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If, in a string, there are valid numbers without a leading zero, like ".5", "+.5", or "-.5", how to use RegExp to match such a pattern and then add a leading zero?



I want it to be


and use


as Pattern and $10$2 as Replacement, but why doesn't it deliver the right things?

PS: I am using VBScript RegExp engine in Excel

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2 Answers

up vote 1 down vote accepted

Replace (?<!\d)\.(?=\d) with 0., assuming your regex flavor supports negative look-behind.

(?<!\d) is not preceded by a digit (different from \D wich would be preceded by a character that is not a digit and wouldn't match if the string begins with .5), non-consuming (negative look-behind).

\. is the dot (duh), consuming.

(?=\d) means that the dot must be followed by a digit, non-consuming (positive look-ahead).

The only consumed character is the dot, so you only have to replace it with 0..

Edit: Since VBScript doesn't support look-behinds, you can use the slightly more complicated replacement of (\D|^)\.(?=\d) with $10. (assuming the VBScript flavor doesn't try to get the 10th group, wich JavaScript doesn't seem to do). The (\D|^)\. part will match a dot preceded by either the start of the string or any non-digit character. This previous character is consumed, so you have to put it back, hence the $1.

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This won't work - VBScript is an ECMAScript dialect, and therefore lookbehind assertions are not available, as I've detailed in my answer. –  Tim Pietzcker Mar 1 '13 at 10:25
Thanks, edited the answer accordingly. –  instanceof me Mar 1 '13 at 10:53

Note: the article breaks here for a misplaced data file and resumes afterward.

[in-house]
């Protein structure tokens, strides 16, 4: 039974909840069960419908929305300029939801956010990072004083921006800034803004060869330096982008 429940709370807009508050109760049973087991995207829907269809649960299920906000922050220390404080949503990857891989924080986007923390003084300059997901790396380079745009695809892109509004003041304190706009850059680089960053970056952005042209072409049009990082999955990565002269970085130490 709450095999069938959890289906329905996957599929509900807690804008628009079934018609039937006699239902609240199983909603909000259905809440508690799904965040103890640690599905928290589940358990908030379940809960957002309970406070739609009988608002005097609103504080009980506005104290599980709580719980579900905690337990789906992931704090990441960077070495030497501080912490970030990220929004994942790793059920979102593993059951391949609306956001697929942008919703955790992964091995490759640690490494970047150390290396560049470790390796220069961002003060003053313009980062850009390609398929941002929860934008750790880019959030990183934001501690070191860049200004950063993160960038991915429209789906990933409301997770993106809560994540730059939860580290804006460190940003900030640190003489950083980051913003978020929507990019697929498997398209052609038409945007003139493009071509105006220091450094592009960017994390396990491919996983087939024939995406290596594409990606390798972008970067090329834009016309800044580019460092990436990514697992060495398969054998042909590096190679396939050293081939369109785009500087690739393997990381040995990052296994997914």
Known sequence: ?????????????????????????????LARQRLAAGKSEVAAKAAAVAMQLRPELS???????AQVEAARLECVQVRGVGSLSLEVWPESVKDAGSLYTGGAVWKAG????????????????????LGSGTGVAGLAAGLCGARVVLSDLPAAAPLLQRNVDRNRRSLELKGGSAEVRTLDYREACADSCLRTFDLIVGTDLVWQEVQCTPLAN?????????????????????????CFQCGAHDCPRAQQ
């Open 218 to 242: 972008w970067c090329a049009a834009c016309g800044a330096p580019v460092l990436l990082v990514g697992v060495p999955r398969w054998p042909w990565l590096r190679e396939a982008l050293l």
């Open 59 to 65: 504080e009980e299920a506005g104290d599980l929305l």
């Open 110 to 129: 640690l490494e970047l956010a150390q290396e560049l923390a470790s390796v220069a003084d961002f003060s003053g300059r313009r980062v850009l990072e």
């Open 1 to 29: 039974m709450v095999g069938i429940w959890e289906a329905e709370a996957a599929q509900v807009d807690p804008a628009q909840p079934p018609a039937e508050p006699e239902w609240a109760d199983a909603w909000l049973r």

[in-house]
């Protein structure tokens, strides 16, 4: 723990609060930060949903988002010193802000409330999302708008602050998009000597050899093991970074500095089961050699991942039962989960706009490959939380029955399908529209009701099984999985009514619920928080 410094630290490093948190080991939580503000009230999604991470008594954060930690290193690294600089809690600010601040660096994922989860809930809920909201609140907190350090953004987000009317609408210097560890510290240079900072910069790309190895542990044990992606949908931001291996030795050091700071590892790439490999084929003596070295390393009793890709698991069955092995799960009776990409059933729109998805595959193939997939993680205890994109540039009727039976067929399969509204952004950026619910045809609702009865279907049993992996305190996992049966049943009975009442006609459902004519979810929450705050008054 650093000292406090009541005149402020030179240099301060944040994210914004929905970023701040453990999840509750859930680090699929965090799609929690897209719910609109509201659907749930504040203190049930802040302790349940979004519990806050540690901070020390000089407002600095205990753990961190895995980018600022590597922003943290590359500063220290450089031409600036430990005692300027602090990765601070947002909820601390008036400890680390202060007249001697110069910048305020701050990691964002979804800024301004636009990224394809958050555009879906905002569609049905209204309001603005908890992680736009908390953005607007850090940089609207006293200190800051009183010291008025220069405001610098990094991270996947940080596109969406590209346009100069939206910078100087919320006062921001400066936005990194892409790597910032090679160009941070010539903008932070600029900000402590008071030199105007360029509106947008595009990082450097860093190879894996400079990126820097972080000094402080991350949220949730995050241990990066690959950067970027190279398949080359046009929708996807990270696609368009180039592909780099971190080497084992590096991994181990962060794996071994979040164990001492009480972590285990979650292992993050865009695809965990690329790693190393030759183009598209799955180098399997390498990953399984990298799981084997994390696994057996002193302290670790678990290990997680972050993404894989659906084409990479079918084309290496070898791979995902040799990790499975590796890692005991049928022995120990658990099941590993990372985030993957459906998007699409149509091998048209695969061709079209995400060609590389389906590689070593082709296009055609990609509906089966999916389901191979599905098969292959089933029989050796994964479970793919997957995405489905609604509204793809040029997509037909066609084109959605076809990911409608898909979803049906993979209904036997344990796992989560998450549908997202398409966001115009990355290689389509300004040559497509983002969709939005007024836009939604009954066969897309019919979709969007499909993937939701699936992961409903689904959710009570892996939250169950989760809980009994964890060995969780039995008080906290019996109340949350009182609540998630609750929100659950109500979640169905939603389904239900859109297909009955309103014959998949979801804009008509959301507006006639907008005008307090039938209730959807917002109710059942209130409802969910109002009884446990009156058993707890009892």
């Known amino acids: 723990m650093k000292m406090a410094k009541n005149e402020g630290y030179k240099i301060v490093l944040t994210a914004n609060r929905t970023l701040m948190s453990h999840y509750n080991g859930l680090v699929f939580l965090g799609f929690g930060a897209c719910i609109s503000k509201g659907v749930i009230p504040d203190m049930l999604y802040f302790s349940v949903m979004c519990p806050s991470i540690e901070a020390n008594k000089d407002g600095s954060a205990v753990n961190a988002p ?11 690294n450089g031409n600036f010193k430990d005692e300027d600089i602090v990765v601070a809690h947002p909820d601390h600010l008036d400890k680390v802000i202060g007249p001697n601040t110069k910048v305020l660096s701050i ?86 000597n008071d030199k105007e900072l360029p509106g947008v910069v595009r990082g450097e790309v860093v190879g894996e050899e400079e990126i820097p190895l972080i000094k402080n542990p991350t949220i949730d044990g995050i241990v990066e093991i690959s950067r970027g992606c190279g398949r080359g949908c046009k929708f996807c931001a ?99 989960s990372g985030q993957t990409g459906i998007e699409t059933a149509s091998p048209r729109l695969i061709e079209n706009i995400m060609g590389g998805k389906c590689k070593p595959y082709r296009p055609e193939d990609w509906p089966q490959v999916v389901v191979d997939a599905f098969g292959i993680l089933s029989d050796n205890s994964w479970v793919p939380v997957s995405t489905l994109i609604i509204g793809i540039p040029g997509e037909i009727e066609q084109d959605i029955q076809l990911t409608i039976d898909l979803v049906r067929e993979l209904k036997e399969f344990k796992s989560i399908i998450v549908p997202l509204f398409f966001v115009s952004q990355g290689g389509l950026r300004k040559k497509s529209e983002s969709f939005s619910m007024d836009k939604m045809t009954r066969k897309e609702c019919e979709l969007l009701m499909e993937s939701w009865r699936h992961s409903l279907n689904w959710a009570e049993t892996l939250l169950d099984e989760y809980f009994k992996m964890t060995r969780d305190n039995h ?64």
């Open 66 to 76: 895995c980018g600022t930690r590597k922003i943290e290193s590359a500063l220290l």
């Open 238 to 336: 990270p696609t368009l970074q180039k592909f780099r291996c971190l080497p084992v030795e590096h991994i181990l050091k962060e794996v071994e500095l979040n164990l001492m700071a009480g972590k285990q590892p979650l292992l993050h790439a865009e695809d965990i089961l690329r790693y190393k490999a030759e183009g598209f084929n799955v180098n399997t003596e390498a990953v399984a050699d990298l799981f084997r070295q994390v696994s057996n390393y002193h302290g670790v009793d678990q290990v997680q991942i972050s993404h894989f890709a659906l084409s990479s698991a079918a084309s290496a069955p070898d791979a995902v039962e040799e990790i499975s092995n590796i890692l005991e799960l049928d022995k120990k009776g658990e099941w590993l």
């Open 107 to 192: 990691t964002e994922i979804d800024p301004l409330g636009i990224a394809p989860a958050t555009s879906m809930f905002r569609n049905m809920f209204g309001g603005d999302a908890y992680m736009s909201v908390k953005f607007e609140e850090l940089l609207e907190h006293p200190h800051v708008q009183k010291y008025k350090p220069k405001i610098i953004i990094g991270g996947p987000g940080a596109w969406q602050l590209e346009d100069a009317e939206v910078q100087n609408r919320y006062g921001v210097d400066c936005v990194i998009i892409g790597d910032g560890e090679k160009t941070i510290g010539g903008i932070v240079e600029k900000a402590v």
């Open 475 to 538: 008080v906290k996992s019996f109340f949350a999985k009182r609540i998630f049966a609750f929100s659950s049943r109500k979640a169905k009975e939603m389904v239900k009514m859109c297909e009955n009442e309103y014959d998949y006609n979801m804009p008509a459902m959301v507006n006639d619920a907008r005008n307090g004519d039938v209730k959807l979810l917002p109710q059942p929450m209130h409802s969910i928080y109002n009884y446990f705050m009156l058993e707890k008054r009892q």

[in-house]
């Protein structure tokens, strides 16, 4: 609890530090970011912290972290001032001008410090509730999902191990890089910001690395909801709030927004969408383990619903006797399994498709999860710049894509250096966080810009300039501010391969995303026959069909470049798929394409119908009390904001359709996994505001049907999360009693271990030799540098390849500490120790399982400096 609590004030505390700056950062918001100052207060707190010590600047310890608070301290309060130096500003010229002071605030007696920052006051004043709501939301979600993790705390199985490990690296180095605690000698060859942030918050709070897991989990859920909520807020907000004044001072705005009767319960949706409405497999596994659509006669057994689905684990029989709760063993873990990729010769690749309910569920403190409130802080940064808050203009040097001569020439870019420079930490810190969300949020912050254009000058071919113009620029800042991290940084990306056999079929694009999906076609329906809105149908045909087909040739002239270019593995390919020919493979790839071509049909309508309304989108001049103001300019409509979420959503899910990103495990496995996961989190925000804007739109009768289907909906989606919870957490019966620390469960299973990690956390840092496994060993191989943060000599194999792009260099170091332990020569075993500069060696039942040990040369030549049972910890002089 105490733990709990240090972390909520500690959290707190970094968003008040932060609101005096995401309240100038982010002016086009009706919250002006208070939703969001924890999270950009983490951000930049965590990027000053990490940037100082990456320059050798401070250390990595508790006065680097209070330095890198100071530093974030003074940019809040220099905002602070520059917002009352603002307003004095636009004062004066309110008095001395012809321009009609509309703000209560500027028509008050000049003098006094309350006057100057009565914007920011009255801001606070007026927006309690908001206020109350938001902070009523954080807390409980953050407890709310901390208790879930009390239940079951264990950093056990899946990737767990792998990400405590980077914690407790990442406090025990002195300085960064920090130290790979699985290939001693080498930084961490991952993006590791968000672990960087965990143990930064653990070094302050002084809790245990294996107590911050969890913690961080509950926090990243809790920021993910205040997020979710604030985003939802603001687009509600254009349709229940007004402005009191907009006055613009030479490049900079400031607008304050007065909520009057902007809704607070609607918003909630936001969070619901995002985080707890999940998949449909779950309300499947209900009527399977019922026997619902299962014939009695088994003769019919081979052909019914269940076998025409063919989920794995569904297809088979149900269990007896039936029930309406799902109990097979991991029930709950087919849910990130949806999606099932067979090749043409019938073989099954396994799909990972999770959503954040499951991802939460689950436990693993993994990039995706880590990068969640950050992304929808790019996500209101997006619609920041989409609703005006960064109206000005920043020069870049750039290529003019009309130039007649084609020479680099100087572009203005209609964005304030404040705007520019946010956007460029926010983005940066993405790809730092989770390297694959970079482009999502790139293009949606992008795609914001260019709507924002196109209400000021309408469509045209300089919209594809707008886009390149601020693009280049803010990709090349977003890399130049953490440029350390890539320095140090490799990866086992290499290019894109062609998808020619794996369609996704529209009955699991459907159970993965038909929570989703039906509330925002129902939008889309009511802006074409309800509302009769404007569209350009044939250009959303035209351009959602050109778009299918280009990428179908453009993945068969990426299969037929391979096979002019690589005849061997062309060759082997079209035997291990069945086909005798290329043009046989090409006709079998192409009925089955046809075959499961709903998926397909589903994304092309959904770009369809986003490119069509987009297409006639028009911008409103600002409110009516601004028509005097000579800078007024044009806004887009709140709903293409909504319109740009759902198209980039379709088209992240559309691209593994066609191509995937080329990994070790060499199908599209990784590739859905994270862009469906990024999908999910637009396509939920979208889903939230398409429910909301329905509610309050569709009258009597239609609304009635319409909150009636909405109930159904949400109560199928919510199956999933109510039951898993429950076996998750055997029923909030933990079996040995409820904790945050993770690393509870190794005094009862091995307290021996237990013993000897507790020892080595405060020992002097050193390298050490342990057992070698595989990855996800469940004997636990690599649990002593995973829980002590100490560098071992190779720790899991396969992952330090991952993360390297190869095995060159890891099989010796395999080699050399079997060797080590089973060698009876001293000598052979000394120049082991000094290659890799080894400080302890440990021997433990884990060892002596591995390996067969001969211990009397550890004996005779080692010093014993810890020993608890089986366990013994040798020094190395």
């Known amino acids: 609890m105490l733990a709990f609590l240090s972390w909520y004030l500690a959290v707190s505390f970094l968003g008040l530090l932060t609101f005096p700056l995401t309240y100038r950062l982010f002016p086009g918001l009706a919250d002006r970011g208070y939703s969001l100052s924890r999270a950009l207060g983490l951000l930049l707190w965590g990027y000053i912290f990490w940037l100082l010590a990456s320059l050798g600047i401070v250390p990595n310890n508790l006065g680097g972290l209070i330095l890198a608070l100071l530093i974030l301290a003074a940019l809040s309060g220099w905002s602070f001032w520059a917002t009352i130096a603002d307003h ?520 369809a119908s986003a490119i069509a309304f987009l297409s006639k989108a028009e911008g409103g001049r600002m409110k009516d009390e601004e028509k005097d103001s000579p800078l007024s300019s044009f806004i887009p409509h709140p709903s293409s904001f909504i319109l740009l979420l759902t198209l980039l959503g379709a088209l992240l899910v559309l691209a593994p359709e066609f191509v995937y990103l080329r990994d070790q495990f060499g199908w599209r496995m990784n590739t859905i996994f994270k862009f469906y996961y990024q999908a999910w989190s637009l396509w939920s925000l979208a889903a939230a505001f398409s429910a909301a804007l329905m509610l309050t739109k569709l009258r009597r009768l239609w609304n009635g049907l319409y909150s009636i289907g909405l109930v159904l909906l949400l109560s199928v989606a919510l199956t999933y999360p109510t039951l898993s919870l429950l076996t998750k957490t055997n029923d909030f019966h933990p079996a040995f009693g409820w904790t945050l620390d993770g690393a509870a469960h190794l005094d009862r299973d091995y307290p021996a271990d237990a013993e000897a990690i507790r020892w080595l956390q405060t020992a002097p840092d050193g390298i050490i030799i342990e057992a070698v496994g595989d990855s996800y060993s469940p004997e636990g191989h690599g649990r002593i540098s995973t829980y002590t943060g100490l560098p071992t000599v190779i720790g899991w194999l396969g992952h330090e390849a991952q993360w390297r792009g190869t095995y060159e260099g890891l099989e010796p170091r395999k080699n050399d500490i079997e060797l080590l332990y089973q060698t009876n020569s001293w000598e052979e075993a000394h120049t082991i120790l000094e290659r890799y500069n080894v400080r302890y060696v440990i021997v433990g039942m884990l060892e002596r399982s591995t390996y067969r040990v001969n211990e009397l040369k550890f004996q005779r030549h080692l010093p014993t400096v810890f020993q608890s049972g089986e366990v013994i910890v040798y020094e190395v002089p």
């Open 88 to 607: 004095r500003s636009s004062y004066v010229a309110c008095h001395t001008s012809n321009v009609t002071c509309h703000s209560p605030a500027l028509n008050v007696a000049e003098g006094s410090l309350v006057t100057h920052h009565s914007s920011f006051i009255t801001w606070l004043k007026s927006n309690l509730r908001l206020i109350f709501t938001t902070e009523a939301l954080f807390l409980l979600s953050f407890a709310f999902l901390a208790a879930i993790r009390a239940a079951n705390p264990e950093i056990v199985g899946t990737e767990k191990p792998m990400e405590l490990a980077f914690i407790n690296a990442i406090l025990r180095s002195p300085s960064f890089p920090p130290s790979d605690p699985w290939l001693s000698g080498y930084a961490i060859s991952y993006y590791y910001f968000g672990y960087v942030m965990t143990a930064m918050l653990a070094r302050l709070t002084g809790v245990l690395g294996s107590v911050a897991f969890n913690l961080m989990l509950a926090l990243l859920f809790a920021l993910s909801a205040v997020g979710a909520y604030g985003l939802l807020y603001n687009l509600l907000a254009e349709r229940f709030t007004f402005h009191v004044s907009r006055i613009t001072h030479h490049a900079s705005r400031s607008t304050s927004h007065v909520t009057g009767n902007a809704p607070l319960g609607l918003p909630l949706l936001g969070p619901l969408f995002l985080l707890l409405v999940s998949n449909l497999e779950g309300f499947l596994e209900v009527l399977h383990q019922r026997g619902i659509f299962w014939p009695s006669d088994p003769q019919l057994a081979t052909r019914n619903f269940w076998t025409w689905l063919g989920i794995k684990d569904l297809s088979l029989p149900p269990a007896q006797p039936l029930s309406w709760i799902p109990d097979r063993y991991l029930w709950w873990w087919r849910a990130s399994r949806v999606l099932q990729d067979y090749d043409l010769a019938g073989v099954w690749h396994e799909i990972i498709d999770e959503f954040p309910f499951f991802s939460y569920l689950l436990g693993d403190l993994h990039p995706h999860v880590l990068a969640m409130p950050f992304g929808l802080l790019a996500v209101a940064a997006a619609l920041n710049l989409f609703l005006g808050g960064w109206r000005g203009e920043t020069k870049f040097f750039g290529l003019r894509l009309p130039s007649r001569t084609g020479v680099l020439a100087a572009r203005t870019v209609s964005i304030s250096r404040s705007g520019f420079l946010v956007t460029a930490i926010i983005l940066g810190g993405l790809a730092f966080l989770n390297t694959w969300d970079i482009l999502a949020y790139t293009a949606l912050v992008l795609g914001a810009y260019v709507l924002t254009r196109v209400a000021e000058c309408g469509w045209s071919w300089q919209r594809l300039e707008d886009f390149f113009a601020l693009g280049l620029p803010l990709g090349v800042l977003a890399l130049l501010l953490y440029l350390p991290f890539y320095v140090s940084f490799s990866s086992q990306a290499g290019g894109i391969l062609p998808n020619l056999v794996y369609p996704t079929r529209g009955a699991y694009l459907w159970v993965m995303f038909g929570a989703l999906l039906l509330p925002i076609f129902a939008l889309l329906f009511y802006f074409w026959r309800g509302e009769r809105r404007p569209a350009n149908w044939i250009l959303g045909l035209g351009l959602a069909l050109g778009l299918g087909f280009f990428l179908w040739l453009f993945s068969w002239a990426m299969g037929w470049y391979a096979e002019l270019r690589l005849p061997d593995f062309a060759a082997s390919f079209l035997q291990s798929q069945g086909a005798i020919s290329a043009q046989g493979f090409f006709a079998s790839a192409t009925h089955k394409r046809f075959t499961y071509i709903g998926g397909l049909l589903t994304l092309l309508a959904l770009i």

thank you all for let me know lookaround better now! @streetpc's code (\D|^)\.(?=\d) works. VBScript flavor doesn't support lookbehind. Have to use this way to work around. –  visualPaul Mar 1 '13 at 22:44
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matches a dot only if it's not preceded by a digit (or letter), which should work for your requirements. Replace that with 0.

Why doesn't your regex work? Well, it says

(?!\d)  # Make sure the next letter isn't a digit
([+-]?) # Try to match a sign (which never is a digit, so why the lookahead?)
(?!\d)  # Make sure the next letter isn't a digit (again)
(\.\d+) # Match a dot and digits (the dot also isn't a digit, so again
        # the lookahead is not necessary)

So, you could drop the first lookahead completely, and the second lookahead would have to be a lookbehind to do what you want it to do (namely asserting that the character before the dot isn't a digit), but ECMAScript doesn't know lookbehinds, so we have to make do with word boundary anchors.

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Isn't \D "anything but a digit"? –  Simon Mar 1 '13 at 9:52
@Simon, it is \B "not a word boundary", the negation of \b and not \D –  stema Mar 1 '13 at 9:53
Does this fail on .5x.5, because the . is preceded by a letter? Seems x is being used here for multiplication. –  Tim Mar 1 '13 at 22:07
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